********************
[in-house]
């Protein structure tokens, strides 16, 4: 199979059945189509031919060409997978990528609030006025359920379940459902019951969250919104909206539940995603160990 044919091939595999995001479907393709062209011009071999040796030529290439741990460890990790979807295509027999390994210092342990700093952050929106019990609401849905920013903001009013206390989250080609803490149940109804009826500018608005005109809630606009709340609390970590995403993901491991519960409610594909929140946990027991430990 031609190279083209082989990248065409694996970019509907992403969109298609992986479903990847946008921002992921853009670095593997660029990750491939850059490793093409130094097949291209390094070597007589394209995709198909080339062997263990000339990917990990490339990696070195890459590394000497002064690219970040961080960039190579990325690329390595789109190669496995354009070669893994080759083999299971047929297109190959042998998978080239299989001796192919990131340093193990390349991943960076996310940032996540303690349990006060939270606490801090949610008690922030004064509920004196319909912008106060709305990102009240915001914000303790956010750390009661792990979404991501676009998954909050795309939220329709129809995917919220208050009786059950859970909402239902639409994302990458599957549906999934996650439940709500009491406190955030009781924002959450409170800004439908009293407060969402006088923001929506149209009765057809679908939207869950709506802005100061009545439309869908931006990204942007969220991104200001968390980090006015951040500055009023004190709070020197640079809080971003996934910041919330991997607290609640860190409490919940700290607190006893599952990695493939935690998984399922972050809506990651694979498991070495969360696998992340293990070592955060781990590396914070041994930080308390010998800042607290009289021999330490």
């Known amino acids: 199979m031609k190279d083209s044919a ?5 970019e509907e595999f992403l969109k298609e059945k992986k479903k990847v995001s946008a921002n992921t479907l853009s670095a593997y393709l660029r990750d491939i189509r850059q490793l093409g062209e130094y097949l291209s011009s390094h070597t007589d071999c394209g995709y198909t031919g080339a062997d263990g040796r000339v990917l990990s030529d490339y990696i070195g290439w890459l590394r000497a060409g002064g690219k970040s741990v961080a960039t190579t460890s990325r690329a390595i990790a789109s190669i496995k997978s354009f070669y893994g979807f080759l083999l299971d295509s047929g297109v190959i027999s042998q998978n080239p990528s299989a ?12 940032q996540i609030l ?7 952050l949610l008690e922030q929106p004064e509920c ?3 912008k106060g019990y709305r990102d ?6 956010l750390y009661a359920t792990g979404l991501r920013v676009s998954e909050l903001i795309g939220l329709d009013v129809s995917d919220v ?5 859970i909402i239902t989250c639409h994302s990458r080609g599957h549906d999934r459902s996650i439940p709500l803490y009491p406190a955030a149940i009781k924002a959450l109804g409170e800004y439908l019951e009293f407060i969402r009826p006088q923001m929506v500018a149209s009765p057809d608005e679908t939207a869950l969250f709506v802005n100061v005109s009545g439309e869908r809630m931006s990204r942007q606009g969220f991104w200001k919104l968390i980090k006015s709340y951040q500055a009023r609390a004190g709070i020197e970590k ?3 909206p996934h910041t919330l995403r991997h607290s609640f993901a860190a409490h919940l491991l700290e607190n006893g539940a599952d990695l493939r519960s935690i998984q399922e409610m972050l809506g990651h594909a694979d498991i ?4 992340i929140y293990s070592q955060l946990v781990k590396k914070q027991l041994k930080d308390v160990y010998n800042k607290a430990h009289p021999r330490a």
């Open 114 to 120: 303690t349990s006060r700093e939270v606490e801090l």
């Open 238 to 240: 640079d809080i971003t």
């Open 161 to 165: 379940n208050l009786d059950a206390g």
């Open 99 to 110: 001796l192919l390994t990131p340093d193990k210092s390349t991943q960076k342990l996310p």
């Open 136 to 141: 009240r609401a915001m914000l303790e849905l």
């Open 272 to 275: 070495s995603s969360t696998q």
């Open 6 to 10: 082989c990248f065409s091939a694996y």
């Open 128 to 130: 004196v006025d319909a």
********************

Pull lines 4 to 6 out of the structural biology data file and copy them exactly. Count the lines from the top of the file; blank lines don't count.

């Open 114 to 120: 303690t349990s006060r700093e939270v606490e801090l």
């Open 238 to 240: 640079d809080i971003t």
């Open 161 to 165: 379940n208050l009786d059950a206390g």